“We threw out the teaser for a long time because it felt, at first, that it got us off to the wrong start,” says Shiban. After several sessions of working out more traditional X-Files teasers, they came back to the original, more comedic one.

“We wanted to start it off and truly tease the audience in the classic sense of a teaser, to get them intrigued,” Gilligan opines. “Michael McKean does that.”

McKean is a favourite of the show’s producers. “When an actor exceeds your expectations, it’s great,” says Spotnitz. “He is a surefooted actor, period. Be he’s also a great comedic actor, with great comedic timing and instincts.”

“He’s just a delight. He so embodies this character that it’s scary,” Shiban gloats about his guest star. “One of the reasons he’s such a good fit with both The X-Files and The Lone Gunmen, is because, as comic as he is, he carries himself with such a sense of reality.”

Also praising McKean, Gilligan says simply, “He so gets it.”

The Lone Gunmen themselves are also exciting about reuniting with McKean. “We’ve been talking Spinal Tap, and I switch from fellow actor to annoying groupie,” jokes Haglund.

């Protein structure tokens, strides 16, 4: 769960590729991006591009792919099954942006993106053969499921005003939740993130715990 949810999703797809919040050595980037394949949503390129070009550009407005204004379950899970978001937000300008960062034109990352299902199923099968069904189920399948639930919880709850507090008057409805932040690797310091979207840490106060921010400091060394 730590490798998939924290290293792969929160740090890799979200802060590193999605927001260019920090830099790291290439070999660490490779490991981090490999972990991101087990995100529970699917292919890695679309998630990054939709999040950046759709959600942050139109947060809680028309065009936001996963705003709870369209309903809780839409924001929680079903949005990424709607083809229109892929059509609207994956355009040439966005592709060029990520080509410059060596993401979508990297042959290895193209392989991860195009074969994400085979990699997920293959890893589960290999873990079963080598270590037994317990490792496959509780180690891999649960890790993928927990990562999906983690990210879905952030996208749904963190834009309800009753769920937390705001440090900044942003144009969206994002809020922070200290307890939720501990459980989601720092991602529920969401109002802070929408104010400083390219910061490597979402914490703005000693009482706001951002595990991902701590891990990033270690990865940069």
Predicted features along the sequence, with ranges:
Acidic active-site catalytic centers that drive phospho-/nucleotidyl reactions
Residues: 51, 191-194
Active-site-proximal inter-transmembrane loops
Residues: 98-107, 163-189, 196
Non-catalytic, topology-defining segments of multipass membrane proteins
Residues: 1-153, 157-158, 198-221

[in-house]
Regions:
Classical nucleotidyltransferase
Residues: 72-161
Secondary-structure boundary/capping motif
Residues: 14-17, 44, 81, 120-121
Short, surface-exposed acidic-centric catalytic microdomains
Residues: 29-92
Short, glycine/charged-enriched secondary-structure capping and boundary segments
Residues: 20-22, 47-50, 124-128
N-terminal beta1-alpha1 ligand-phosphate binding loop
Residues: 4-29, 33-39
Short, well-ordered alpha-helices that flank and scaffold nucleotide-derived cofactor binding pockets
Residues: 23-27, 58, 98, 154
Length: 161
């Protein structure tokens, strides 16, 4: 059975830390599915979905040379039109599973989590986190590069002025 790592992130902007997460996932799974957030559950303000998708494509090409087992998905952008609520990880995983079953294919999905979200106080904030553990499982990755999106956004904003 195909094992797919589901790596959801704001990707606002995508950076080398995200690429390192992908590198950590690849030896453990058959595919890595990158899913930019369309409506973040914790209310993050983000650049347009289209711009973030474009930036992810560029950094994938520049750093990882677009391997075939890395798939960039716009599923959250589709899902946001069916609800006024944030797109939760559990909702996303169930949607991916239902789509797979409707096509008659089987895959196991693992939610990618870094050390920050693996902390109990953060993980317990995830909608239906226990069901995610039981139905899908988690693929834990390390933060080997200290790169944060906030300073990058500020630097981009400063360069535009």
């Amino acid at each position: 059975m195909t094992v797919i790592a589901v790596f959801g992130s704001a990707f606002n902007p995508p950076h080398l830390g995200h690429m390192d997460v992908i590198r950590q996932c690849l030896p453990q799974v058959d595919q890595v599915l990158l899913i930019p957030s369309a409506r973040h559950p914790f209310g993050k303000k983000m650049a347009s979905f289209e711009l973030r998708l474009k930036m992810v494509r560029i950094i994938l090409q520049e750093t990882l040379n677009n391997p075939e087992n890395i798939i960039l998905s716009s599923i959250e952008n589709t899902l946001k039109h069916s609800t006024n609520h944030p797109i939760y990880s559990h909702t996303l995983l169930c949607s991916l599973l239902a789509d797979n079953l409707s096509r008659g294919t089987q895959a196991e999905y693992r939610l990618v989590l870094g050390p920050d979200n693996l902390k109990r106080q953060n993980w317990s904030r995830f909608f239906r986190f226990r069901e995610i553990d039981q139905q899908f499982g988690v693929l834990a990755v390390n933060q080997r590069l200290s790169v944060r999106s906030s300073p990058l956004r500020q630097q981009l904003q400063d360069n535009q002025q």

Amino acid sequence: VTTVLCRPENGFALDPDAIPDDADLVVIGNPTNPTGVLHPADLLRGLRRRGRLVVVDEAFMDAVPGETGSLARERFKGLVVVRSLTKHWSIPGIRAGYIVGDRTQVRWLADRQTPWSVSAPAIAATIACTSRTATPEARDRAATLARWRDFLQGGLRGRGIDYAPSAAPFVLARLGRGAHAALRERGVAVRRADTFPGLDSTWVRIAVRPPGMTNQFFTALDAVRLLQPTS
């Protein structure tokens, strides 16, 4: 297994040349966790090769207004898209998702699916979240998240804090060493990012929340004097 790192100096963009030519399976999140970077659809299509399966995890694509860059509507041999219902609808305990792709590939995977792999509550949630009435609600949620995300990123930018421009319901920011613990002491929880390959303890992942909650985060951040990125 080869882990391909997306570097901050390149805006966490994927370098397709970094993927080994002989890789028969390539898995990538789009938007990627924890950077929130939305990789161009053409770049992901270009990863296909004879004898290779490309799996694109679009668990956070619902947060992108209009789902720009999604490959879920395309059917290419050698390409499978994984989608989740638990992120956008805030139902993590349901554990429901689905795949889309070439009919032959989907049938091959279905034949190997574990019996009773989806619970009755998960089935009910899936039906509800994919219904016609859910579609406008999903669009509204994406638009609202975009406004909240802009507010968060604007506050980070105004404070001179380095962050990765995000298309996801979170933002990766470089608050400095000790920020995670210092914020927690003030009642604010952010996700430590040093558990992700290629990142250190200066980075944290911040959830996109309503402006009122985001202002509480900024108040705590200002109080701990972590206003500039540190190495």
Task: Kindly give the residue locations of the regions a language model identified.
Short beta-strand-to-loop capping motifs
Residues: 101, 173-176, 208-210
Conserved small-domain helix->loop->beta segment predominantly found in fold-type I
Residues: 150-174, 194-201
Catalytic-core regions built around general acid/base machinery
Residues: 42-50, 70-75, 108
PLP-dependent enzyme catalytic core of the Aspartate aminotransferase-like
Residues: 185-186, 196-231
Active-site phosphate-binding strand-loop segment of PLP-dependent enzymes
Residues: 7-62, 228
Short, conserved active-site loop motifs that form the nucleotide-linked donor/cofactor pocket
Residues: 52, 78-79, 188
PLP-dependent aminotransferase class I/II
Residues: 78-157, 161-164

“Micheal’s great,” agrees Braidwood. “He’s a character and a very funny man. He’s a lot of fun to work with.”

Gilligan likens the character of Morris Fletcher to Louie DePalma from the television series Taxi. “He’s the guy you love to hate,” Gilligan laughs. “But you don’t really hate him. Deep down you sort of love him.”

After Fletcher’s humorous entrance, the story gradually becomes more serious, culminating in the Gunmen’s touching final scene with Yves and Jimmy. Balancing humour is something The X-Files writers have done numerous times throughout the series’ nine seasons, especially when the Lone Gunmen are on hand. In this episode, however, it was especially challenging.